Question

Locked

E-mail

By tiaan.debruyn ·
Strange problem
One of the employs is trying to send a e-mail to a customer. The customer doesn?t receive the e-mail.
The customer can send to us. Not even I can send to the customer.
So what I did I went and tried from gmail and webmail. And the customer does receive the e-mail. i can send to a gmail account and it does receive my email.
I did look on exchange system manager.
The message get to our outgoing server and stops.
We using exchange 2003

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Just checking

by rob mekel In reply to E-mail

any limitations on your end of sending emails? (max-size of an email, max-size of storing emails, ... etc)
or the ...@xxxxx.yyyy.zzz adress has a string that tells your firewall to kick it out?


edite for adding the examples

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on the customer end

by Sue T In reply to E-mail

they should check to be sure email coming from your company has not been accidently blacklisted or seen as spam.

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Get some info

by sidekick In reply to E-mail

Having gone through this myself recently (there is still a bruise on my head and a hole in the wall), here is what I suggest in addition to the other good suggestions already posted. The customer should check these things on their end as well.

1. Check the SMTP logs for incoming and outgoing emails to the customer. You may have to look for the IP address of the customers mail server (MX record). This may give you some clues.

2. Try a telnet test. You telnet to the customer's mail server (MX record again) on port 25 and try sending an email that way (more info on this: http://support.microsoft.com/kb/153119). If that works, then I would say it is most likely something on your mail server.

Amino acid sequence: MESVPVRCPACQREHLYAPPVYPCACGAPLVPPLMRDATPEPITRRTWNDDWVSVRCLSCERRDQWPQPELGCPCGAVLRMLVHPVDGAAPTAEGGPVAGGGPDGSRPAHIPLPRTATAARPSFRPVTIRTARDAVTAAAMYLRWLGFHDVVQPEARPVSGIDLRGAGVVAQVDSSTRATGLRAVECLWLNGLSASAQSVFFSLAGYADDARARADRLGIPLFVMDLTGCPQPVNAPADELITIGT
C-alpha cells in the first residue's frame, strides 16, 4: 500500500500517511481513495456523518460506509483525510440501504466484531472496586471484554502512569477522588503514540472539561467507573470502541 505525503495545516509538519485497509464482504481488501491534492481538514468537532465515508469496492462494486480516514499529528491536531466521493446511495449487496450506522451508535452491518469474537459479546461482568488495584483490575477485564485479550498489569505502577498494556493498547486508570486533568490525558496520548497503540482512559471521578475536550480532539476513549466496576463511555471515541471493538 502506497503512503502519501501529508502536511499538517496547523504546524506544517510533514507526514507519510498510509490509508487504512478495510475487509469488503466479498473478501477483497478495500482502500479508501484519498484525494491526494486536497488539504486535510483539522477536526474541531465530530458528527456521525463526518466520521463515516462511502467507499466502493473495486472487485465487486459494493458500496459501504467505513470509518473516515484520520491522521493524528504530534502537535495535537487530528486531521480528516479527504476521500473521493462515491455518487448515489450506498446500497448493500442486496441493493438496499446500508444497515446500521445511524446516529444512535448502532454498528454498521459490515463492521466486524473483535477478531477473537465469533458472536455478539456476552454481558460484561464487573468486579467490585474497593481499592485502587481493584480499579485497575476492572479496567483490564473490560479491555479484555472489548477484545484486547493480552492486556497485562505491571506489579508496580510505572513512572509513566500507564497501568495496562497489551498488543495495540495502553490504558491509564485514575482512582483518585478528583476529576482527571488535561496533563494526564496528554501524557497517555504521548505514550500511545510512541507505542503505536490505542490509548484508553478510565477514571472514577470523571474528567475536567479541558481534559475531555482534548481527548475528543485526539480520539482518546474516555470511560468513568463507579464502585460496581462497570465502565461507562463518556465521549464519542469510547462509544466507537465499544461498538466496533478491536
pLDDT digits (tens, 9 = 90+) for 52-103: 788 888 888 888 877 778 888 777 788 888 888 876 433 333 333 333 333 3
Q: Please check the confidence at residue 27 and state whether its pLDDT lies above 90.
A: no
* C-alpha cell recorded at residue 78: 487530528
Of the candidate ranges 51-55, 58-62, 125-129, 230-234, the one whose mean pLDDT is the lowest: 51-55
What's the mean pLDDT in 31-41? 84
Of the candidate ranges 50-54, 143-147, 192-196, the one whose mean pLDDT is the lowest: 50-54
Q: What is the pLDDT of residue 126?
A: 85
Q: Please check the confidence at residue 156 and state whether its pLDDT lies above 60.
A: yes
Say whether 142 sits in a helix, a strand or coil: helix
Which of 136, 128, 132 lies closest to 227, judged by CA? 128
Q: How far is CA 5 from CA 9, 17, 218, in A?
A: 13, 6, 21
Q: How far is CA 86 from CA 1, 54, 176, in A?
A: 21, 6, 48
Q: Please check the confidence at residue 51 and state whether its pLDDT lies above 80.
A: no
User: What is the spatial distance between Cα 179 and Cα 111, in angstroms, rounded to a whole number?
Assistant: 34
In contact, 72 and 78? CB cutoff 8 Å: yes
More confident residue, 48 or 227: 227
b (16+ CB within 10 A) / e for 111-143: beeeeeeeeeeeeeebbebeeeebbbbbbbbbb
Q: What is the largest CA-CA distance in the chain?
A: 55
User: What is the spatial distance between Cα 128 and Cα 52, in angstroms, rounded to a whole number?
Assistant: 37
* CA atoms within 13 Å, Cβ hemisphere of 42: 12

3. Check DNS. Is your mail server resolving the right MX record? Check it with an nslookup then an nslookup with a DNS server you don't normally use, such as 4.2.2.2.

4. Check the firewall. See if it is limiting something related to SMTP.

BTW, my problem was that the other company could not send us emails. The problem was that our firewall by default limited the NOOP command to 6 characters (N O O P <CR> <LF>), and for some reason the other company's mail server was sending out a NOOP command followed by 20 spaces, causing the firewall to drop the connection. It was odd because mail servers don't typically send a NOOP command. All I got in my SMTP log was a QUIT command. I had to run a packet sniffer on the firewall to figure out what was going on.

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Have you tried

by Kenone In reply to E-mail

adding the customer to your address book and then sending the e-mail?

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